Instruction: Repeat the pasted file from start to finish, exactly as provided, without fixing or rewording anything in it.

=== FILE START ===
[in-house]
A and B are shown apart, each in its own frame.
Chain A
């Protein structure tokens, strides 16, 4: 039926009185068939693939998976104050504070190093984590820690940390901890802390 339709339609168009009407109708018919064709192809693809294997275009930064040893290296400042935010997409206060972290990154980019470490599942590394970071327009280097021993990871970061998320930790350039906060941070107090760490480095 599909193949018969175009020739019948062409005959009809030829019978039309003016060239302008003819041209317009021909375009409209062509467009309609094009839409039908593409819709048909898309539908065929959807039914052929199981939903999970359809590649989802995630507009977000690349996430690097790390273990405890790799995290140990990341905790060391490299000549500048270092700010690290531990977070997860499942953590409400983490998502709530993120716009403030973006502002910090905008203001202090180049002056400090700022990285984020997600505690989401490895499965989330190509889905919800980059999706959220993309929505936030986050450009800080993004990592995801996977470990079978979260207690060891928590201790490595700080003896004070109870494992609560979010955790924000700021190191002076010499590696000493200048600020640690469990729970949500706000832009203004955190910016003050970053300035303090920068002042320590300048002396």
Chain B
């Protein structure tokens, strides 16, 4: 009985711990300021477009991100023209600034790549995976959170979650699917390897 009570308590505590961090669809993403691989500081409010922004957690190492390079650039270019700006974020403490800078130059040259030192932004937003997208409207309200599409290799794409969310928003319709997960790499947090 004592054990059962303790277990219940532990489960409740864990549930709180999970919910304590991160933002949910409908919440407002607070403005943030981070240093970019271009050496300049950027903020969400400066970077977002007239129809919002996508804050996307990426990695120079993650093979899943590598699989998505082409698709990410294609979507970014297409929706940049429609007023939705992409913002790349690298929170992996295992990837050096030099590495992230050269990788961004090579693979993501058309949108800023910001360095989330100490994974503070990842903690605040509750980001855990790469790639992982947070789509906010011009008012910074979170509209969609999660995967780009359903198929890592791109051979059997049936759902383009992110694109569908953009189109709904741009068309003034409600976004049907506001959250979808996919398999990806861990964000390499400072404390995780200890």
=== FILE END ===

[in-house]
A and B are shown apart, each in its own frame.
Chain A
């Protein structure tokens, strides 16, 4: 039926009185068939693939998976104050504070190093984590820690940390901890802390 339709339609168009009407109708018919064709192809693809294997275009930064040893290296400042935010997409206060972290990154980019470490599942590394970071327009280097021993990871970061998320930790350039906060941070107090760490480095 599909193949018969175009020739019948062409005959009809030829019978039309003016060239302008003819041209317009021909375009409209062509467009309609094009839409039908593409819709048909898309539908065929959807039914052929199981939903999970359809590649989802995630507009977000690349996430690097790390273990405890790799995290140990990341905790060391490299000549500048270092700010690290531990977070997860499942953590409400983490998502709530993120716009403030973006502002910090905008203001202090180049002056400090700022990285984020997600505690989401490895499965989330190509889905919800980059999706959220993309929505936030986050450009800080993004990592995801996977470990079978979260207690060891928590201790490595700080003896004070109870494992609560979010955790924000700021190191002076010499590696000493200048600020640690469990729970949500706000832009203004955190910016003050970053300035303090920068002042320590300048002396």
Chain B
């Protein structure tokens, strides 16, 4: 009985711990300021477009991100023209600034790549995976959170979650699917390897 009570308590505590961090669809993403691989500081409010922004957690190492390079650039270019700006974020403490800078130059040259030192932004937003997208409207309200599409290799794409969310928003319709997960790499947090 004592054990059962303790277990219940532990489960409740864990549930709180999970919910304590991160933002949910409908919440407002607070403005943030981070240093970019271009050496300049950027903020969400400066970077977002007239129809919002996508804050996307990426990695120079993650093979899943590598699989998505082409698709990410294609979507970014297409929706940049429609007023939705992409913002790349690298929170992996295992990837050096030099590495992230050269990788961004090579693979993501058309949108800023910001360095989330100490994974503070990842903690605040509750980001855990790469790639992982947070789509906010011009008012910074979170509209969609999660995967780009359903198929890592791109051979059997049936759902383009992110694109569908953009189109709904741009068309003034409600976004049907506001959250979808996919398999990806861990964000390499400072404390995780200890």